Networking

Security 101 - Remedial Edition: Use strong passwords

More than 100,000 hosts have been infected with a new worm called psyb0t. This worm appears to present a serious threat to home networks everywhere, if you believe the trade press reports. There may be reasons to disbelieve them in this case, though.

More than 100,000 hosts have been infected with a new worm called psyb0t. This worm appears to present a serious threat to home networks everywhere:

  • It infects consumer grade router appliances.
  • It can be used to carry out DDoS attacks, which also affect the infected host's available bandwidth while helping consume that of the target.
  • It may be able to perform deep packet inspection to harvest user names and passwords from unencrypted traffic.

Researchers at DroneBL, "a realtime monitor of abusable IPs, which has the goal of stopping abuse of infected machines," in its own words, say of psyb0t:

This technique is one to be extremely concerned about because most end users will not know their network has been hacked, or that their router is exploited. This means that in the future, this could be an attack vector for the theft of personally identifying information. This technique will certainly not be going away.

It is certainly something to be concerned about in the aggregate, because there are sure to be many more people whose networking appliances will be compromised by this worm and descendants yet to come. DroneBL also says:

You are only vulnerable if:

  • Your device is a mipsel device.
  • Your device has telnet, SSH or web-based interfaces available to the WAN
  • Your username and password combinations are weak, OR the daemons that your firmware uses are exploitable.

If you've been paying attention so far, something should jump out at you right away. Specifically, you should notice that you probably aren't vulnerable to this. It took some digging for me to get to that point, because the first couple sources I found online describing the worm and its effects didn't include DroneBL's page about the subject. What I found instead is what the guys at DroneBL describe thusly:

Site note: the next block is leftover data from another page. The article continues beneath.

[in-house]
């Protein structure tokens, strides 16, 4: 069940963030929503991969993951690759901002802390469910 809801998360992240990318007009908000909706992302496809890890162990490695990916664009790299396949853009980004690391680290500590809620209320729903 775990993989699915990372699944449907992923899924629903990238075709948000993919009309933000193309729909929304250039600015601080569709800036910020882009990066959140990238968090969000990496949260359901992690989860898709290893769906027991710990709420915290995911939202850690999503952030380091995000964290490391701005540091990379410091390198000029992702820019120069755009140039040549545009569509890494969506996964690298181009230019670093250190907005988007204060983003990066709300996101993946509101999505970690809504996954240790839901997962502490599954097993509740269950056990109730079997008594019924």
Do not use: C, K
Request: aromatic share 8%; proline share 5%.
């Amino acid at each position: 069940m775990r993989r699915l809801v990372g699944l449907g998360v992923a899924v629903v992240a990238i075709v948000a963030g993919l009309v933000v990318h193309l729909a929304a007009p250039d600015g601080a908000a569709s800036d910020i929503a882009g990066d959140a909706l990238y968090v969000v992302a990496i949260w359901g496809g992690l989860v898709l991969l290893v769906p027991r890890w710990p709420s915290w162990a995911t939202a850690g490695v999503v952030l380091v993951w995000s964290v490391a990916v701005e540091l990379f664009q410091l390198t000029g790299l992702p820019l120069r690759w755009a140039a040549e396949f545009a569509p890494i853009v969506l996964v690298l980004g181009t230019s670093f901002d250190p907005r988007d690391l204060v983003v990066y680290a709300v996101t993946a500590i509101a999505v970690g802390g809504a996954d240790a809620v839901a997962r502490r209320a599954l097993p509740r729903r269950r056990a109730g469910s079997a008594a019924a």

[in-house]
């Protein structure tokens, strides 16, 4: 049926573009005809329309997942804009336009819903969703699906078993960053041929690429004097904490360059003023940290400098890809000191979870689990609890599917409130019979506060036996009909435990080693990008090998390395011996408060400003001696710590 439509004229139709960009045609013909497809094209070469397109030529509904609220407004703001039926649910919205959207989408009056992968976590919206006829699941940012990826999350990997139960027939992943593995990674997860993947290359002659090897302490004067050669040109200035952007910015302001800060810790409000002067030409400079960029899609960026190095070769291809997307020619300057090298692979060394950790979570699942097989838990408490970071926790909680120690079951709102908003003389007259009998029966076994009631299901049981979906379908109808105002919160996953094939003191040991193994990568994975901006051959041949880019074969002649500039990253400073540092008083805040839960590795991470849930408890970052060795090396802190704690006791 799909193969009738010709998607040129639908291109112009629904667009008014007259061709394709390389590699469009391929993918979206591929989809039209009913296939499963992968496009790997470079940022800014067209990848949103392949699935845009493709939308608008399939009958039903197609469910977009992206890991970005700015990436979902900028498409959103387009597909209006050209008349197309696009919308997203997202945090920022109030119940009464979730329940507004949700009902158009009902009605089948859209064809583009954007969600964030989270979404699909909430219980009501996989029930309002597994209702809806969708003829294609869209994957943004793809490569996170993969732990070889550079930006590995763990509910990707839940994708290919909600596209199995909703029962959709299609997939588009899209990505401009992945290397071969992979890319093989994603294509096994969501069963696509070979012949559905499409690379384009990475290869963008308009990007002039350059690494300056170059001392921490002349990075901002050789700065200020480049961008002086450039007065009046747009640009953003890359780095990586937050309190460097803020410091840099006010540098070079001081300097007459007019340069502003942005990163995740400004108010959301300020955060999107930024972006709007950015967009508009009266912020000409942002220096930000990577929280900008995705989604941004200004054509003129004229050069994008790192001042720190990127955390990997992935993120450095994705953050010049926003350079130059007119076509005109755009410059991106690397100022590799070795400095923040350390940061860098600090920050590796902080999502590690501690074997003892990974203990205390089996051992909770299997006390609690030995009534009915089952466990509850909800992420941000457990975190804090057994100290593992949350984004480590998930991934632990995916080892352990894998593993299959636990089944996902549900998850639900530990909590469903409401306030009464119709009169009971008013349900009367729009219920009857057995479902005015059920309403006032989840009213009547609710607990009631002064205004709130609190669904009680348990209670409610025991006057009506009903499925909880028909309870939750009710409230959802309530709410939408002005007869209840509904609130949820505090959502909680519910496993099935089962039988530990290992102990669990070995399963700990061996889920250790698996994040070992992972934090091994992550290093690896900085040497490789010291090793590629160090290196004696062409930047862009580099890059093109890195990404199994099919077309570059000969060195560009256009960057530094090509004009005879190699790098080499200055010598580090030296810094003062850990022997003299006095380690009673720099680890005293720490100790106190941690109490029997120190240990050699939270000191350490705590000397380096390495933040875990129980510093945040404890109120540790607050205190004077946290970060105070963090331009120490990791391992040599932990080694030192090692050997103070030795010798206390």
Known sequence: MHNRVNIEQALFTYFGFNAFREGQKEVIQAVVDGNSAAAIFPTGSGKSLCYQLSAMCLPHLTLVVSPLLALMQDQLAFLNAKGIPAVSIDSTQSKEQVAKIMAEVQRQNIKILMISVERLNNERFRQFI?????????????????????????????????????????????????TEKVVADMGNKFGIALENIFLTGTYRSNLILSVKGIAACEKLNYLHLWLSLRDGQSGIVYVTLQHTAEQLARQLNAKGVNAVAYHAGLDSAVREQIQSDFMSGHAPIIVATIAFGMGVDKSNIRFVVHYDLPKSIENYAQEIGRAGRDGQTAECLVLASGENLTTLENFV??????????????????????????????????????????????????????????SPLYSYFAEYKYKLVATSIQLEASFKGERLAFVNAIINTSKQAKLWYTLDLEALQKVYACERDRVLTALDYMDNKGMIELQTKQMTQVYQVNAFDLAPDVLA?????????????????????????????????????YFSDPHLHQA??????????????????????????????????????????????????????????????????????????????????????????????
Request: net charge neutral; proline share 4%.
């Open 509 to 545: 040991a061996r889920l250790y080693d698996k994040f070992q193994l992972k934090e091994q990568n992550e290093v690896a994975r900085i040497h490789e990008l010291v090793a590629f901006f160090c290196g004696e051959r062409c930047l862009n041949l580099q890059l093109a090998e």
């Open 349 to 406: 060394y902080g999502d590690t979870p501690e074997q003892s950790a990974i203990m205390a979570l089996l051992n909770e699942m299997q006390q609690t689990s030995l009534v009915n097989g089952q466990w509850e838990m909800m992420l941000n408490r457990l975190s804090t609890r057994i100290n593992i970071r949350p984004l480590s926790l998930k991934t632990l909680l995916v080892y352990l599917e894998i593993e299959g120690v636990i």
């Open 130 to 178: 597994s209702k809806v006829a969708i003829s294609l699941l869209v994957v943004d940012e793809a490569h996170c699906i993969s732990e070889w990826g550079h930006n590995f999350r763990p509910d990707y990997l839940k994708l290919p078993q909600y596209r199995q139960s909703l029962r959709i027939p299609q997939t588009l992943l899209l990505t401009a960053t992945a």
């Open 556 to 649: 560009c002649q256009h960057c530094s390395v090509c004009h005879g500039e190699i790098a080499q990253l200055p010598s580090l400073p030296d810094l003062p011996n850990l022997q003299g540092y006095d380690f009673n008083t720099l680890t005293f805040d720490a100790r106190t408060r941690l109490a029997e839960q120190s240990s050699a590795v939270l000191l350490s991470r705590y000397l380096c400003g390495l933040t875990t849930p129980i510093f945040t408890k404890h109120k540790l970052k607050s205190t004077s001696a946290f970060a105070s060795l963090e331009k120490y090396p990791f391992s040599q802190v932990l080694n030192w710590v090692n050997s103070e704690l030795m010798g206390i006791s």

Many articles described this as a "end of the world, all routers are vulnerable" thing. This is simply not the case. We would prefer if you contact us if you do not understand fully now.

The reason you probably aren't vulnerable is that this is a worm that only affects home network appliances running on MIPS hardware with a particular Linux-derivative OS, and even then only if the device is running telnet, SSH, or a Web-based interface available to the Internet, and even then only if you use weak passwords or vulnerable firmware.

In short, if you're vulnerable, it's your own damned fault, and the proper fix is to stop being a security idiot. Don't provide telnet, SSH, or Web-based configuration interface access on the Internet-facing side of your router, and for the love of all you hold holy, don't use weak passwords. In the words of DroneBL:

90% of the routers and modems participating in this botnet are participating due to user-error (the user themselves or otherwise). Unfortunately, it seems that some of the people covering this botnet do not understand this point, and it is making us look like a bunch of idiots.

  • Stop making people look like idiots by poor reporting.
  • Stop using unencrypted connections to log in to critical resources across the Internet.
  • Stop making yourself vulnerable by using weak passwords or leaving unnecessary services running (which I warned against in 10 security tips for all general-purpose OSes).

If you're not doing any of those three things, you should be fine.

This concludes today's Security 101, Remedial Edition lesson. For more reminders of what you should already know, see Security 101, Remedial Edition: obscurity is not security.

If you just want to know more about psyb0t, read about it at the DroneBL page about this threat, rather than relying on clueless reporters who get it wrong.

About

Chad Perrin is an IT consultant, developer, and freelance professional writer. He holds both Microsoft and CompTIA certifications and is a graduate of two IT industry trade schools.

28 comments
Neon Samurai
Neon Samurai

It's not something blatantly weak but I can rainbow table it pretty quickly. I'd be concerned if I also didn't pay attention to logs and connection attempts. ;)

Michael Kassner
Michael Kassner

If I may humbly add those two popular TPV firmwares are affected by this exploit.

Slayer_
Slayer_

My router doesn't have a password, however I have WAN access turned off, am I safe from this? I DO have a webserver inside my network however. It is not a Nix machine however.

apotheon
apotheon

If you're one of those reporters who got it wrong, perhaps you should have another look at my Advice for reading about security.

Michael Kassner
Michael Kassner

For that. Still I won't as I'm sure you would be able to give it to me as well. Just disable all public-side exposure.

Neon Samurai
Neon Samurai

I guess it would be as it allows telnet, ssh and http connections from the WAN interface. It's one of the first things I disable. If config backup was not limited too http, I wouldn't need to enable that again at all after the initial flash. hm.. time to keep a closer eye on the website for the next v24 sp.

apotheon